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. Last Updated: 07/27/2016

From Gallantry to Savagery

Maybe the main lesson from this week's events in the North Caucasus is that if the Chechen rebels cannot win the war, they at least want to be sure that Russia will lose it. It is all part of a Chechen strategy going back to the last century.


Dzhokhar Dudayev will never again be master of the presidential palace in Grozny. Russia has invested too much in destroying his regime and installing its own government in Chechnya. Besides, a majority of the Chechen people, whatever their feelings about the Russians, almost certainly do not want him back.


The Chechen tactics at the moment are all about making life impossible for the enemy. Their motives probably have as much to with Chechen mythology as wanting to force concessions out of the Russians.


The fighters performing the raids on both Kizlyar and Budyonnovsk see themselves in the old Chechen tradition of the nabeg, the daredevil lightning raid on the enemy. Its origins lie in the Chechens' reputation as the best cattle-rustlers of the Caucasus, but in the 19th century it turned into a military tactic as well.


The Russian chronicler of the 1820s, Sergei Bronevsky, has a description of how around a group of 20 Chechens would swim across the Tereks, hide among the boulders and then leap out on unsuspecting individuals walking by. They would then tie up their hostages and gallop back across the plain with them.


"They are so possessed by ferocity that they spare no one," Bronevsky said.


As a military tactic a nabeg has the advantage of surprise and terror, as long as you don't mind the high risk of getting killed, which the fighters obviously did not. Kizlyar, built as a fortress on the Terek in 1735, has been the target for nabegi ever since. When Alexandre Dumas went there in 1858 even the children carried arms and he was told, just as in Grozny any time over the last five years, that it was not safe to go out after dark.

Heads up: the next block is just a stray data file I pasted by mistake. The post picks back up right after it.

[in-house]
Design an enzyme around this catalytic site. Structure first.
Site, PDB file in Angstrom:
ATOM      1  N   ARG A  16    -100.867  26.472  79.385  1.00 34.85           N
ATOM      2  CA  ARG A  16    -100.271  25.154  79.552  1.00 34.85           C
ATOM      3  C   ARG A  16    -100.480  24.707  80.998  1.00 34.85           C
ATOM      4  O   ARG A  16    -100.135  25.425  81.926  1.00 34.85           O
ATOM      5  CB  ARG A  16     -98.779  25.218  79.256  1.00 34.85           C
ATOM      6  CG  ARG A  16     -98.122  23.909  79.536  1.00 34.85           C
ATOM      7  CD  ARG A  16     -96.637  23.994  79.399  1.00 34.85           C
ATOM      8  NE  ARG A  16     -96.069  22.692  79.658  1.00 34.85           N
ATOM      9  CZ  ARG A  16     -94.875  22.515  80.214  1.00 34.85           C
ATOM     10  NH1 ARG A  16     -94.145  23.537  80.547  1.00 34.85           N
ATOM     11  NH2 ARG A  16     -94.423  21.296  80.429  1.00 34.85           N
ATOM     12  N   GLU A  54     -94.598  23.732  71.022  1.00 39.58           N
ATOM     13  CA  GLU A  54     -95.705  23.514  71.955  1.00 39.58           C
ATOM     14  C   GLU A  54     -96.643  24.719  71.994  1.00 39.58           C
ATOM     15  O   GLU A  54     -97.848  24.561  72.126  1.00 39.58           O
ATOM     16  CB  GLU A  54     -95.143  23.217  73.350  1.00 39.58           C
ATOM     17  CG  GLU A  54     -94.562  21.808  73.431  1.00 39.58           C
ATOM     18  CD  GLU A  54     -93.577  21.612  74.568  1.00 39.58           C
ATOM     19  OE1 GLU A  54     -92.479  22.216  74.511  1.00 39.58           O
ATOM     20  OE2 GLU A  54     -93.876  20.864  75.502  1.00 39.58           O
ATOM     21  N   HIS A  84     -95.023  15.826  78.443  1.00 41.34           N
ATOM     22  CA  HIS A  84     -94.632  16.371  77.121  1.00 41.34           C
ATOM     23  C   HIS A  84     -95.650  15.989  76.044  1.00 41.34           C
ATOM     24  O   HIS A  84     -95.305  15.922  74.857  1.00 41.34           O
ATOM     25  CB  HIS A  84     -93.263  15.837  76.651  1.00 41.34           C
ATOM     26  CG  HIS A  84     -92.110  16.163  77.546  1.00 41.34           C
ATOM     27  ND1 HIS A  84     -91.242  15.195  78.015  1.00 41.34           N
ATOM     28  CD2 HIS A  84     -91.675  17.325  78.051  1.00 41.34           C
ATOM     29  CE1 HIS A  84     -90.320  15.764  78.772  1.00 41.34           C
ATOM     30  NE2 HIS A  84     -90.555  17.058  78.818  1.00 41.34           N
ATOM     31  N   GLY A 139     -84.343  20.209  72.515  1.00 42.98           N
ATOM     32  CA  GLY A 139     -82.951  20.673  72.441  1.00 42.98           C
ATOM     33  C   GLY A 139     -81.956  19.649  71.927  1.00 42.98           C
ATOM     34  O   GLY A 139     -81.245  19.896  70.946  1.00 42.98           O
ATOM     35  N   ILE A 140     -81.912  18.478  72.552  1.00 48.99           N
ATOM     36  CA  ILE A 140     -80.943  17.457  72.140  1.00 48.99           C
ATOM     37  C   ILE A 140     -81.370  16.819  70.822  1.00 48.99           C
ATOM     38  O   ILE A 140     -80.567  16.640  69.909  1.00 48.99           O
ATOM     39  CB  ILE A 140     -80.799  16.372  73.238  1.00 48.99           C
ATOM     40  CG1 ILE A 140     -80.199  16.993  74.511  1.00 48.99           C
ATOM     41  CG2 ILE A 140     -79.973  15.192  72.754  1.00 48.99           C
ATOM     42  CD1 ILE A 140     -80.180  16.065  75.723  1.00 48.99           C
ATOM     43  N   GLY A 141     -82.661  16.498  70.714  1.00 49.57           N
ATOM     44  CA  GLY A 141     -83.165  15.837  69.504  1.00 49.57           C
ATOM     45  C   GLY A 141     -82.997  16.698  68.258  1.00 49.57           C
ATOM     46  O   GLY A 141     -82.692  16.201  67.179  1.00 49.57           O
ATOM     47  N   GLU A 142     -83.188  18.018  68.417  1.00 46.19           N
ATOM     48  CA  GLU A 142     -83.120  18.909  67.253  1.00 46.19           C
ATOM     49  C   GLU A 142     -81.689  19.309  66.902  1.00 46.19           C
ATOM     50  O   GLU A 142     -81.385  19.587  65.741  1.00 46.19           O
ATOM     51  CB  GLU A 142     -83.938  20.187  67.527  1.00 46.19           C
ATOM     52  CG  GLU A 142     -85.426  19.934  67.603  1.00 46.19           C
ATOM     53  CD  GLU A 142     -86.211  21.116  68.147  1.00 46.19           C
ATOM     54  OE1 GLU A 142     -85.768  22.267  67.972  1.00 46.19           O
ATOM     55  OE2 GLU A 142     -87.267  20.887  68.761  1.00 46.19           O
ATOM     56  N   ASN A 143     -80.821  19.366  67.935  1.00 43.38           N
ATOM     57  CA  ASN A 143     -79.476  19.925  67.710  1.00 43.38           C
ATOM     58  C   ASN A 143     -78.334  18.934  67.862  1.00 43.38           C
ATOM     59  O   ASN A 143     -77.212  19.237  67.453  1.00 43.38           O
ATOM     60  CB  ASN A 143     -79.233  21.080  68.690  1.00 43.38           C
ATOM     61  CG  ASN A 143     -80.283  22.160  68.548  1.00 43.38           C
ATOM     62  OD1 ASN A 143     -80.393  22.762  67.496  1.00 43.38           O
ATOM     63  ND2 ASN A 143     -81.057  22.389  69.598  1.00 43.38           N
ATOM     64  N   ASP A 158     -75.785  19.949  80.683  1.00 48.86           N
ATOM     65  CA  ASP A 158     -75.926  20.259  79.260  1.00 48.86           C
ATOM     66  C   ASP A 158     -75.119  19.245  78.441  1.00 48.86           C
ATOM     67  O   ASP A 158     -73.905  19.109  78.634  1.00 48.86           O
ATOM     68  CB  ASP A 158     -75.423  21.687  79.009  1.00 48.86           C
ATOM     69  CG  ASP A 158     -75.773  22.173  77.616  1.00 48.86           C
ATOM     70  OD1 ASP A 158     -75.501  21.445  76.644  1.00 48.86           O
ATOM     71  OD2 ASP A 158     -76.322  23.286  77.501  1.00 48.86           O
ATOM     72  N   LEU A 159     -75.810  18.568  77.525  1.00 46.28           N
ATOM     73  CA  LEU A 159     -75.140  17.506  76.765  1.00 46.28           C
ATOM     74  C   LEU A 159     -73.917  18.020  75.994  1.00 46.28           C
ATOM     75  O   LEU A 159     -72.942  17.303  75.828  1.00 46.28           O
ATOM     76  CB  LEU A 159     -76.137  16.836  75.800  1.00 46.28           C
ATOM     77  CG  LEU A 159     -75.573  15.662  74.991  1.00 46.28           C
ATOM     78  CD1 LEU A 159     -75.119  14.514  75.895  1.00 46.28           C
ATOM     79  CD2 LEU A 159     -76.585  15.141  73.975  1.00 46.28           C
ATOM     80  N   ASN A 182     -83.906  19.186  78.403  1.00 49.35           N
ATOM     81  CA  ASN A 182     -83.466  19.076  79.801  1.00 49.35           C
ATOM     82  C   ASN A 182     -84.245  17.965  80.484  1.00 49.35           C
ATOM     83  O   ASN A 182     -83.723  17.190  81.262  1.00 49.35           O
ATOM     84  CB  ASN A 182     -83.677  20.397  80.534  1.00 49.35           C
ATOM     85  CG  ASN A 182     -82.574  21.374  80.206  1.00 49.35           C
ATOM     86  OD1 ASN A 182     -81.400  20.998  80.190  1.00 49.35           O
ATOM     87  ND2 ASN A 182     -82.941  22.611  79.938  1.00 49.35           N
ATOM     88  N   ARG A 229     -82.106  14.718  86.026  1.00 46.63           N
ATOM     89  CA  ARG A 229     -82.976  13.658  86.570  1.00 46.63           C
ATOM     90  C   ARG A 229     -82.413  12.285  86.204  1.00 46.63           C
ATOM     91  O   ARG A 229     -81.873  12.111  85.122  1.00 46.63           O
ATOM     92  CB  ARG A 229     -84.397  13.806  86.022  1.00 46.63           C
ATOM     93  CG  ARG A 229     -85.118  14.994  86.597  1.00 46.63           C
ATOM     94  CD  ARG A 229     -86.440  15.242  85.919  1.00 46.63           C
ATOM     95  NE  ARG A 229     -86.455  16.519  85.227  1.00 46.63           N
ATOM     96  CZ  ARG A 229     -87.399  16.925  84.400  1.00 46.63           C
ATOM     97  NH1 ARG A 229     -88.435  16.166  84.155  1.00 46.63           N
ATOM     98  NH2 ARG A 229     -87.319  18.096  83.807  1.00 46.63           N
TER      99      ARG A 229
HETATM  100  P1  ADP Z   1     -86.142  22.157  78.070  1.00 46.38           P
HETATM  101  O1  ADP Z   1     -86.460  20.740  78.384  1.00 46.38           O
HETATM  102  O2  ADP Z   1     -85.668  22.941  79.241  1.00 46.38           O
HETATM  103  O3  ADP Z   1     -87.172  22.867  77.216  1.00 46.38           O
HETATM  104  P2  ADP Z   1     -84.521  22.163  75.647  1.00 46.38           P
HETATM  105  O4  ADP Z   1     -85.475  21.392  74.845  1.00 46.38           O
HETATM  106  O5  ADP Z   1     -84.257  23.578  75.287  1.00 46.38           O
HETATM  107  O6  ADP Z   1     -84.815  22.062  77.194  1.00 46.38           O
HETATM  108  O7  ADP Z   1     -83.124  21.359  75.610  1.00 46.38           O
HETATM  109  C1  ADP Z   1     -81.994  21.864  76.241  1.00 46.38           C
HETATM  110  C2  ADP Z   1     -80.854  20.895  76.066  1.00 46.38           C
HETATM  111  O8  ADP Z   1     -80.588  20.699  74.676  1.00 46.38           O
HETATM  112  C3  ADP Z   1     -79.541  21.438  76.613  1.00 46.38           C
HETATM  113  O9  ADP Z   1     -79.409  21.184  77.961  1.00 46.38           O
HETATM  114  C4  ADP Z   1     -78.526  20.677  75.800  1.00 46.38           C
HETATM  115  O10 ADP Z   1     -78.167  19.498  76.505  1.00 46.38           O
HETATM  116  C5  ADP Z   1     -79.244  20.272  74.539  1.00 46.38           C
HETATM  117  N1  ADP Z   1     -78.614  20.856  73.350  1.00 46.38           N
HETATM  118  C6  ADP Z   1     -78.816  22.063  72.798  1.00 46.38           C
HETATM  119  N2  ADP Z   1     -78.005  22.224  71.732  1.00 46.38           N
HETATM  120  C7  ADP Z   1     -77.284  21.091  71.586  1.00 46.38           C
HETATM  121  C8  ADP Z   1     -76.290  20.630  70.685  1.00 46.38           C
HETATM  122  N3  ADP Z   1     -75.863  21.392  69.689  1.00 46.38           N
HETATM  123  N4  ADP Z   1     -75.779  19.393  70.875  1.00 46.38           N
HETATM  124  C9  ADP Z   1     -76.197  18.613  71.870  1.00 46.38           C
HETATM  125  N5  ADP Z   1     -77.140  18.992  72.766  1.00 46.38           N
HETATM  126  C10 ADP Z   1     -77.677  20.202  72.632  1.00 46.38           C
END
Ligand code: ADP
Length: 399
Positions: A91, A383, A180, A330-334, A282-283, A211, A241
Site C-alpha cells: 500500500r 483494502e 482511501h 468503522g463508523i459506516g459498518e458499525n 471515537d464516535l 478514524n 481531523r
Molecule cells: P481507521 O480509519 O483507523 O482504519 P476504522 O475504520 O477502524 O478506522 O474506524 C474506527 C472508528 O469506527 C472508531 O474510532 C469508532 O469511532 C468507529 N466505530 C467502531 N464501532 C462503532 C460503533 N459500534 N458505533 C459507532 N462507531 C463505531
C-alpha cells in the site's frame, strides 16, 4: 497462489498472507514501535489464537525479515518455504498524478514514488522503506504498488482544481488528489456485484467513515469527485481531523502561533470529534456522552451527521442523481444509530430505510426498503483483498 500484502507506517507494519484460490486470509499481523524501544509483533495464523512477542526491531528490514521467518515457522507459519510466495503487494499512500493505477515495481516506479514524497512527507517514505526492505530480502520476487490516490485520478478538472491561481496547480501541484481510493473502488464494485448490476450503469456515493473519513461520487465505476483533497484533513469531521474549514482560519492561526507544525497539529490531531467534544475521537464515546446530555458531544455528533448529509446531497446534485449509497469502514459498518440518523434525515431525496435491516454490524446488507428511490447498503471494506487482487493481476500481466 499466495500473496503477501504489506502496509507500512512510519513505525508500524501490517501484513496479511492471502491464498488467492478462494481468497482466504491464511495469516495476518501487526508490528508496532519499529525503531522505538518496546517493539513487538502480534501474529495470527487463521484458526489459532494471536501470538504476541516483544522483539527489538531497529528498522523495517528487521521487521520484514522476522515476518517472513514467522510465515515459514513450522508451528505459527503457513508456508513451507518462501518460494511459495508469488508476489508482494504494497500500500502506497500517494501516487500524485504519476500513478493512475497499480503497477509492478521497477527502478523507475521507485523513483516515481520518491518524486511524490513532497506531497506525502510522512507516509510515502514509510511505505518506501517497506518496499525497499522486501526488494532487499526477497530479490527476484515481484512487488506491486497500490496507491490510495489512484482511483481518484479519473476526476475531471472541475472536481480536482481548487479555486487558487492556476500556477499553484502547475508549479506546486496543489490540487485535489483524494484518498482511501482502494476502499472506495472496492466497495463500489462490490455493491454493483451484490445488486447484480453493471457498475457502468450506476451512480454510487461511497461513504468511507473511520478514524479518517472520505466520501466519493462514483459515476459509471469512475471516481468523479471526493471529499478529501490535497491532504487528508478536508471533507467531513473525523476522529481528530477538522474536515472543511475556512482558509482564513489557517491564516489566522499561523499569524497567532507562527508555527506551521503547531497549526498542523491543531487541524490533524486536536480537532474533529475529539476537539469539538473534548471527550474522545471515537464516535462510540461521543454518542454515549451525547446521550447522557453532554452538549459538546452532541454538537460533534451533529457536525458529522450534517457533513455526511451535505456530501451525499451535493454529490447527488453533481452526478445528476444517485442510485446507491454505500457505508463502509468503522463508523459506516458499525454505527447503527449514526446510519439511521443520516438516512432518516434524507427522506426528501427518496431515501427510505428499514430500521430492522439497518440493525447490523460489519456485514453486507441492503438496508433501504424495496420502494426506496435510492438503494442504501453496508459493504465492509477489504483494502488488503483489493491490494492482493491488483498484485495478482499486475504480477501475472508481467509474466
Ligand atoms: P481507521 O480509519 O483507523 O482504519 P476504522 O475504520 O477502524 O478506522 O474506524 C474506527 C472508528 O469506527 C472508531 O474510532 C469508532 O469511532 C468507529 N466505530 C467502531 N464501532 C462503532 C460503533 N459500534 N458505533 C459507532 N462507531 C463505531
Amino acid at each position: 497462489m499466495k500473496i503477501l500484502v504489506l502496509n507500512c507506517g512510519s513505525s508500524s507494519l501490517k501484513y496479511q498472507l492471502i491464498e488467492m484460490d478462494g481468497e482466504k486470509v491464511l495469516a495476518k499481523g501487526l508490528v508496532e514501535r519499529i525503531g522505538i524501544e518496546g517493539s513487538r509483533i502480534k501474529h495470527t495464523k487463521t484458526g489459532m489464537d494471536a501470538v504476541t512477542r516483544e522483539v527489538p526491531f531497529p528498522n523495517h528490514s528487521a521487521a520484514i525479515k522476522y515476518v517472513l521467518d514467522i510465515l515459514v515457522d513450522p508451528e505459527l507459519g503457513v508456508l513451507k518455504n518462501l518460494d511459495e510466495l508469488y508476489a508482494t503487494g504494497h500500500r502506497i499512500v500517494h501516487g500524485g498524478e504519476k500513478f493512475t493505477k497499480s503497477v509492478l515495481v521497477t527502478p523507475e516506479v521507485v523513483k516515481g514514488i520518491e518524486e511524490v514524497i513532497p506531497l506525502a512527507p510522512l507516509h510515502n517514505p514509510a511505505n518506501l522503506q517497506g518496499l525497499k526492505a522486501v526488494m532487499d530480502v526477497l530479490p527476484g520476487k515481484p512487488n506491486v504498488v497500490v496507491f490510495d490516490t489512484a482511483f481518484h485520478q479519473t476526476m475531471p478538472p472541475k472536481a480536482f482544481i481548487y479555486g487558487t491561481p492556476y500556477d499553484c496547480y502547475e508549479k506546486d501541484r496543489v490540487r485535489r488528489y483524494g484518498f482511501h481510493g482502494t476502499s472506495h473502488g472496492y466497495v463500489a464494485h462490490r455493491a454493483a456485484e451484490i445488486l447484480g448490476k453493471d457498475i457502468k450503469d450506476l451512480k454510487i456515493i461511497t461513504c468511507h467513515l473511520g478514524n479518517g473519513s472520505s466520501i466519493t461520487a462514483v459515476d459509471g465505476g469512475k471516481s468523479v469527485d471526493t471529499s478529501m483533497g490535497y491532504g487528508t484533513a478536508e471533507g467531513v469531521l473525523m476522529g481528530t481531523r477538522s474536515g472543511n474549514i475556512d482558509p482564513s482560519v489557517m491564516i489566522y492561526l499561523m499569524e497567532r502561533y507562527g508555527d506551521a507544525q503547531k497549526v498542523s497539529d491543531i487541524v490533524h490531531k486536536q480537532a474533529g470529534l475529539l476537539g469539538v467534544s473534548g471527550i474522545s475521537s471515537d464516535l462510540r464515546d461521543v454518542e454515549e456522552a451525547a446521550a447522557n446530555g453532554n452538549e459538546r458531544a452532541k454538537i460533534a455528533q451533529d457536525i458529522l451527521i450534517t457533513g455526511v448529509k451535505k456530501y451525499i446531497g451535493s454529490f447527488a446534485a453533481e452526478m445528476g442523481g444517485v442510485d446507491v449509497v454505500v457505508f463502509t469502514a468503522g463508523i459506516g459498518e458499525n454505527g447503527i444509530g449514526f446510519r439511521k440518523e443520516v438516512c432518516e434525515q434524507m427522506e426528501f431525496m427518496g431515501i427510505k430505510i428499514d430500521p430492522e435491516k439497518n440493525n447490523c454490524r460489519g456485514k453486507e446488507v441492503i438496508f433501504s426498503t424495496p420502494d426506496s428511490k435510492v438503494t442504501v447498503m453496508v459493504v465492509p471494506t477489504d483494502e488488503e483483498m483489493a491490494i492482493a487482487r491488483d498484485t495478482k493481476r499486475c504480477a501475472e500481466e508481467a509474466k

This time round both Kizlyar and ? although this is not so well acknowledged ? in Budyonnovsk, the prime targets were military airfields. In Kizlyar Salman Raduyev said he had destroyed two helicopters, which had been ferrying in ammunition to attack Gudermes, and one transport plane. In Budyonnovsk the object was the military air base full of Sukhoi-24s which were bombing Chechnya. The Russian official position is that Shamil Basayev's men did not get into the base. The Chechens, for their part, say that they did and killed several pilots (this is in addition to the three pilots they killed in the hospital). I have even been told the story that Basayev's men killed 43 pilots, the last one frozen to death by being pushed into a refrigerator.


This is where the historical parallels run out. As so often in this war, the contemporary fighting seems a cruel parody of the myth of gallant heroism fostered by Imam Shamil, the Caucasian tribal leader in the 19th century. By implacable resistance, Shamil staved off defeat for 30 years. He was so respected by the Russians that they kept him under house arrest in St. Petersburg and then let him travel to Mecca to die. Dudayev and Basayev cannot expect the same treatment.


After their raids on the bases, both Basayev and Raduyev ended up seizing a hospital and using children and sick patients as human shields. Not much gallantry there. And the latest attack is especially cynical because it was on neighboring Dagestan, a fellow Moslem republic. Imam Shamil, an Avar, would be turning in his grave. (The Russians, of course, have been far from gallant with their indiscriminate bombing and drunken atrocities, but one viciousness should not justify another).


Both Budyonnovsk and Kizlyar are huge embarrassments to Boris Yeltsin and his team and huge morale boosts for the fighters in southern Chechnya. But they are also huge propaganda own-goals for the Chechens, both in Russia and the North Caucasus.


In the popular imagination, Lermontov's mythical "evil Chechen" with his dagger has come back in blazing color and carrying a rocket-launcher. The question is ? do the fighters care?


Dzhokhar Dudayev almost certainly does not. He has spent most of the last year preparing for a heroic obituary in Chechen folklore in which, Samson-like, he brings the whole temple crashing down and the Russians with it. Now more and more of the rebels seem to be following his lead.